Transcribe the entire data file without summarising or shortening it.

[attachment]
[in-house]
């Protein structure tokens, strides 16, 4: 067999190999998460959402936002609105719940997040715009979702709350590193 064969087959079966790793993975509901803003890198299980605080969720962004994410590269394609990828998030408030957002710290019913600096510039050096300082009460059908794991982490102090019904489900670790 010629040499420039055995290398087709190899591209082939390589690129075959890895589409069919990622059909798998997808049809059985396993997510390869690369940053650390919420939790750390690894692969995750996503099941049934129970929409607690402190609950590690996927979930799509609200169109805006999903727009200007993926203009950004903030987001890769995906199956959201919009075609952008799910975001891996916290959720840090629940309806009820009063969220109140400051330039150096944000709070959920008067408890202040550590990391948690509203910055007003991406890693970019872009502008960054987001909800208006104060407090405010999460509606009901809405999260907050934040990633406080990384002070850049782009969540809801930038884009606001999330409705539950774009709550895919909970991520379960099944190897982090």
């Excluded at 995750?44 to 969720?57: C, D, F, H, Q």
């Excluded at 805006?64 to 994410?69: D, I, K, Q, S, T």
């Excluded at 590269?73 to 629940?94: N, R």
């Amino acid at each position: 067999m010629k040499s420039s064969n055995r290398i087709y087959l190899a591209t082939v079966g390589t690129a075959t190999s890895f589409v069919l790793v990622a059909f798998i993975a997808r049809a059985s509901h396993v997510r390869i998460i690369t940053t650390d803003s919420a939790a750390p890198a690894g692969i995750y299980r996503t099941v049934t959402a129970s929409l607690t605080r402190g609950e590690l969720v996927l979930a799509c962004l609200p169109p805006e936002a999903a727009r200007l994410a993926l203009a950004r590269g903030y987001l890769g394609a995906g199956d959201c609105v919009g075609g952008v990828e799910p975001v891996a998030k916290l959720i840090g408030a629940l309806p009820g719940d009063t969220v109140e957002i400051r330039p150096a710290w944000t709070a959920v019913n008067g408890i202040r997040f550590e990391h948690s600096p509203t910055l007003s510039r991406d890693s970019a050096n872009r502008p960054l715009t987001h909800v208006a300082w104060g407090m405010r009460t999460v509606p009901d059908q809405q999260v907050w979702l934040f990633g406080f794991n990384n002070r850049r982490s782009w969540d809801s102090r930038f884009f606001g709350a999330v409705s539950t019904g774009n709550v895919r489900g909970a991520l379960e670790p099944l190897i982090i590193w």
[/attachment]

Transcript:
[in-house]
């Protein structure tokens, strides 16, 4: 067999190999998460959402936002609105719940997040715009979702709350590193 064969087959079966790793993975509901803003890198299980605080969720962004994410590269394609990828998030408030957002710290019913600096510039050096300082009460059908794991982490102090019904489900670790 010629040499420039055995290398087709190899591209082939390589690129075959890895589409069919990622059909798998997808049809059985396993997510390869690369940053650390919420939790750390690894692969995750996503099941049934129970929409607690402190609950590690996927979930799509609200169109805006999903727009200007993926203009950004903030987001890769995906199956959201919009075609952008799910975001891996916290959720840090629940309806009820009063969220109140400051330039150096944000709070959920008067408890202040550590990391948690509203910055007003991406890693970019872009502008960054987001909800208006104060407090405010999460509606009901809405999260907050934040990633406080990384002070850049782009969540809801930038884009606001999330409705539950774009709550895919909970991520379960099944190897982090």
């Excluded at 995750?44 to 969720?57: C, D, F, H, Q």
């Excluded at 805006?64 to 994410?69: D, I, K, Q, S, T």
């Excluded at 590269?73 to 629940?94: N, R």
């Amino acid at each position: 067999m010629k040499s420039s064969n055995r290398i087709y087959l190899a591209t082939v079966g390589t690129a075959t190999s890895f589409v069919l790793v990622a059909f798998i993975a997808r049809a059985s509901h396993v997510r390869i998460i690369t940053t650390d803003s919420a939790a750390p890198a690894g692969i995750y299980r996503t099941v049934t959402a129970s929409l607690t605080r402190g609950e590690l969720v996927l979930a799509c962004l609200p169109p805006e936002a999903a727009r200007l994410a993926l203009a950004r590269g903030y987001l890769g394609a995906g199956d959201c609105v919009g075609g952008v990828e799910p975001v891996a998030k916290l959720i840090g408030a629940l309806p009820g719940d009063t969220v109140e957002i400051r330039p150096a710290w944000t709070a959920v019913n008067g408890i202040r997040f550590e990391h948690s600096p509203t910055l007003s510039r991406d890693s970019a050096n872009r502008p960054l715009t987001h909800v208006a300082w104060g407090m405010r009460t999460v509606p009901d059908q809405q999260v907050w979702l934040f990633g406080f794991n990384n002070r850049r982490s782009w969540d809801s102090r930038f884009f606001g709350a999330v409705s539950t019904g774009n709550v895919r489900g909970a991520l379960e670790p099944l190897i982090i590193w």